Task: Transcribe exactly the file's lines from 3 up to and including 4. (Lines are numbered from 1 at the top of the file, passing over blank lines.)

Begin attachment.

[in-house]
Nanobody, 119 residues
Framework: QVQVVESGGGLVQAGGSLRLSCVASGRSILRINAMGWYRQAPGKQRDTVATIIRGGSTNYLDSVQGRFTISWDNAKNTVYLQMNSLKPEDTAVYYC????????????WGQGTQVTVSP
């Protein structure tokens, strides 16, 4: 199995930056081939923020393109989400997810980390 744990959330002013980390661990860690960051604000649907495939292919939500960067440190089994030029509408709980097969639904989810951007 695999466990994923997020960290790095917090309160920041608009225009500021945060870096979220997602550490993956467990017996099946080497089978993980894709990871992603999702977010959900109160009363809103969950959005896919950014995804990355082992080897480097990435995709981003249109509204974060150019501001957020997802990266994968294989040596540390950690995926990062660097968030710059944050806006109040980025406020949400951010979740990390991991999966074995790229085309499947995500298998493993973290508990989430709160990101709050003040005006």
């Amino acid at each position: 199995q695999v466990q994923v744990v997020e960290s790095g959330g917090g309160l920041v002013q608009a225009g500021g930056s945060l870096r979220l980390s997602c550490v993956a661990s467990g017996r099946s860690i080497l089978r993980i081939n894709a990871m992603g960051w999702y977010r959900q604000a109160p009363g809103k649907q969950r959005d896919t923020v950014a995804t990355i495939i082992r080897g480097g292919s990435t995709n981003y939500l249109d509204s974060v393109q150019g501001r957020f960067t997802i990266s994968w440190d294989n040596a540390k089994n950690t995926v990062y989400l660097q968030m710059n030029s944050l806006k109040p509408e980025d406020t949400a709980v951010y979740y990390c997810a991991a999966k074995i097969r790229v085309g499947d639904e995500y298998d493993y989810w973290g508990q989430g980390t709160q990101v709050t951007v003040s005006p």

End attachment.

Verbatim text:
Framework: QVQVVESGGGLVQAGGSLRLSCVASGRSILRINAMGWYRQAPGKQRDTVATIIRGGSTNYLDSVQGRFTISWDNAKNTVYLQMNSLKPEDTAVYYC????????????WGQGTQVTVSP
């Protein structure tokens, strides 16, 4: 199995930056081939923020393109989400997810980390 744990959330002013980390661990860690960051604000649907495939292919939500960067440190089994030029509408709980097969639904989810951007 695999466990994923997020960290790095917090309160920041608009225009500021945060870096979220997602550490993956467990017996099946080497089978993980894709990871992603999702977010959900109160009363809103969950959005896919950014995804990355082992080897480097990435995709981003249109509204974060150019501001957020997802990266994968294989040596540390950690995926990062660097968030710059944050806006109040980025406020949400951010979740990390991991999966074995790229085309499947995500298998493993973290508990989430709160990101709050003040005006």